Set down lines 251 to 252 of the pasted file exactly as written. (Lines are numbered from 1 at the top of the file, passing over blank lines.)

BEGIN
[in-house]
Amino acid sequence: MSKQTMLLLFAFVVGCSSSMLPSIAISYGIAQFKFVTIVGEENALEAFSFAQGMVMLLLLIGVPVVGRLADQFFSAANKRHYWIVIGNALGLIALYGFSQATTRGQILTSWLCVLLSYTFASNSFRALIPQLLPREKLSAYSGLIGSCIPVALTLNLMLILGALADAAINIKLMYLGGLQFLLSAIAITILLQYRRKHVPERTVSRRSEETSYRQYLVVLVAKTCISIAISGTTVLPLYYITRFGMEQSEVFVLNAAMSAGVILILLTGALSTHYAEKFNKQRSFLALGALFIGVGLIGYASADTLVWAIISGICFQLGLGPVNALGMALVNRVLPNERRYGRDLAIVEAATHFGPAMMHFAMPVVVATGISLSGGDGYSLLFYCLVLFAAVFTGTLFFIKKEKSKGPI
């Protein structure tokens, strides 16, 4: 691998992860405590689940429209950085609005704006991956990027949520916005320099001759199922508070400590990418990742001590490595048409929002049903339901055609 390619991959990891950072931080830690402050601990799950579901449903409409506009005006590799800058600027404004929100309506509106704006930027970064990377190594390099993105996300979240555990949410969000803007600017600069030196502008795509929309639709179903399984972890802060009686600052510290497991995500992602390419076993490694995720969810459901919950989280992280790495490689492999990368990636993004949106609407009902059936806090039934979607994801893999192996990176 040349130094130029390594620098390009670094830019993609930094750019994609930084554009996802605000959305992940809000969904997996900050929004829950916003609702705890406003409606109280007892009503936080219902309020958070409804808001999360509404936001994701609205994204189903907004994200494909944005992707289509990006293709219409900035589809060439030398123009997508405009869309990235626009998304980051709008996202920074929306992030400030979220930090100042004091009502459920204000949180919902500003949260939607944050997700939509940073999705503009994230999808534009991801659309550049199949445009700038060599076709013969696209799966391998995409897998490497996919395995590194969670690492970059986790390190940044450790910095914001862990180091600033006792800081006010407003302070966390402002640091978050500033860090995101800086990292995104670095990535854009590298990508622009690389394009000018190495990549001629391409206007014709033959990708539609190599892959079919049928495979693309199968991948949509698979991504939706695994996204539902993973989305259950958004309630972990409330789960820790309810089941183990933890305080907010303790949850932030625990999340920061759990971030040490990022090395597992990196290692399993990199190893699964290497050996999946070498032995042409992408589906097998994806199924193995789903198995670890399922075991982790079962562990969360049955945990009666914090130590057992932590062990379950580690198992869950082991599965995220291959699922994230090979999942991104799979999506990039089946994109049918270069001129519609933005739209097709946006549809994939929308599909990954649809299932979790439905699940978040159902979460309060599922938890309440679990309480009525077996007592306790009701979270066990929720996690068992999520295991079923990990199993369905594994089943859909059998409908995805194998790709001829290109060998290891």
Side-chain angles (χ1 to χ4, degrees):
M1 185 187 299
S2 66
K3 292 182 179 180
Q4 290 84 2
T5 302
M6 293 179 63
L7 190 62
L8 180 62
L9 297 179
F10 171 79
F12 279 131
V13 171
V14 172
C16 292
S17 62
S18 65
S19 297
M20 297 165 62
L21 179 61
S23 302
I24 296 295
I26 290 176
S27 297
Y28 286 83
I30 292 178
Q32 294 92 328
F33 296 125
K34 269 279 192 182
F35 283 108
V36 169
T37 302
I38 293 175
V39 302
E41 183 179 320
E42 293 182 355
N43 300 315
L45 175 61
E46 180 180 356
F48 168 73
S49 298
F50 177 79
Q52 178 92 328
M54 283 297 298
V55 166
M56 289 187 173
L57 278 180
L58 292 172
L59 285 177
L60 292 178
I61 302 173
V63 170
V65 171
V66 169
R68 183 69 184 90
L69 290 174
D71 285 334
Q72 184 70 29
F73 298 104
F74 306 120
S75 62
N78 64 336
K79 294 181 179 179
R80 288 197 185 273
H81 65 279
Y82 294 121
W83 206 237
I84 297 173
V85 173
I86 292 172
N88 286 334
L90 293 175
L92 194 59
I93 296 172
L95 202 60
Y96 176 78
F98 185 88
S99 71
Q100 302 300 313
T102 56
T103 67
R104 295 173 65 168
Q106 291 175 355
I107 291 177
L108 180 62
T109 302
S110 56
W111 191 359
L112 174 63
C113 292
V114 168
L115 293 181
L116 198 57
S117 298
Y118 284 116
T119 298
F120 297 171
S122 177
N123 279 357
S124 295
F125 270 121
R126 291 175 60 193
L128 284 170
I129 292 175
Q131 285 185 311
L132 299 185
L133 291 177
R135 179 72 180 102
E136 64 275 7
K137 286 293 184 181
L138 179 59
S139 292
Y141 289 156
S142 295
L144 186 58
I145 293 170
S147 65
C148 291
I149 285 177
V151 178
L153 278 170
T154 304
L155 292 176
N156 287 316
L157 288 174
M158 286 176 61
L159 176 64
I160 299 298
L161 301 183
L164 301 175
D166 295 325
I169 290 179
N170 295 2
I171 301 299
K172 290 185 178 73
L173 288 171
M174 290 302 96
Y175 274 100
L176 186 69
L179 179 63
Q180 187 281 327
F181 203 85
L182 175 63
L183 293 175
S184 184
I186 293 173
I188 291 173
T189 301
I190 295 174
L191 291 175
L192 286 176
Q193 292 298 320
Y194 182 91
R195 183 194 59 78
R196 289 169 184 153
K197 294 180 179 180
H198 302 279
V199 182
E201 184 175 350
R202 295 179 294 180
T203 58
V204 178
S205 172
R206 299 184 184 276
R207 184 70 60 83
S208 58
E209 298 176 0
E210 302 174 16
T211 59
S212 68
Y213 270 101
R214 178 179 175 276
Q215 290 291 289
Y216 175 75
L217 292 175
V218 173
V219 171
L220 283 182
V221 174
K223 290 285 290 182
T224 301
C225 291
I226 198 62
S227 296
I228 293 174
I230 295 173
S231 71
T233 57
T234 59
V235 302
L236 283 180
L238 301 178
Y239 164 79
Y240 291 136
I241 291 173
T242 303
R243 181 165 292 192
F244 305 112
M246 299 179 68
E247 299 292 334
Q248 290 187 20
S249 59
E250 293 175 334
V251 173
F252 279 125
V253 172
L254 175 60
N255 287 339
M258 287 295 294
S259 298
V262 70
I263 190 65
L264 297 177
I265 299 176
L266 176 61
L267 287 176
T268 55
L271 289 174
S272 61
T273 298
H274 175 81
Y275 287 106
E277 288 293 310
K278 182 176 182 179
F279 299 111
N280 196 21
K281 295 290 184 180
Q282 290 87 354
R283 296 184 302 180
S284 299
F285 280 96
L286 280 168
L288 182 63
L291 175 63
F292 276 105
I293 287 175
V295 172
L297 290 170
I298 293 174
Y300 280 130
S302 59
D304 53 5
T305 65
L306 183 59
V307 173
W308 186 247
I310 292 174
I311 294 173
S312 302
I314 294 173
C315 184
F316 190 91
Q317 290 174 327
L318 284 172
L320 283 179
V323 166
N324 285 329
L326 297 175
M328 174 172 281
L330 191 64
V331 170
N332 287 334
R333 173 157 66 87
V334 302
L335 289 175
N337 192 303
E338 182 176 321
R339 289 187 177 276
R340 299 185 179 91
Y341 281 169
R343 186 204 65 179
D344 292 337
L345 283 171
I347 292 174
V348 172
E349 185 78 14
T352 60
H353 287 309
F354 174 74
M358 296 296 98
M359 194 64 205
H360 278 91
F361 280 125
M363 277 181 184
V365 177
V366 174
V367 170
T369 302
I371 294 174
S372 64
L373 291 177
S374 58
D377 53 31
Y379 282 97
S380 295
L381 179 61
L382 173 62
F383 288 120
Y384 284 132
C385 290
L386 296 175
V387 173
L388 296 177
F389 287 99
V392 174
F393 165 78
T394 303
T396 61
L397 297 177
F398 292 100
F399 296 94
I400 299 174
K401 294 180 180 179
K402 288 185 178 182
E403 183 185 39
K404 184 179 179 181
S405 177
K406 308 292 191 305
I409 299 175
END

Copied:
I311 294 173
S312 302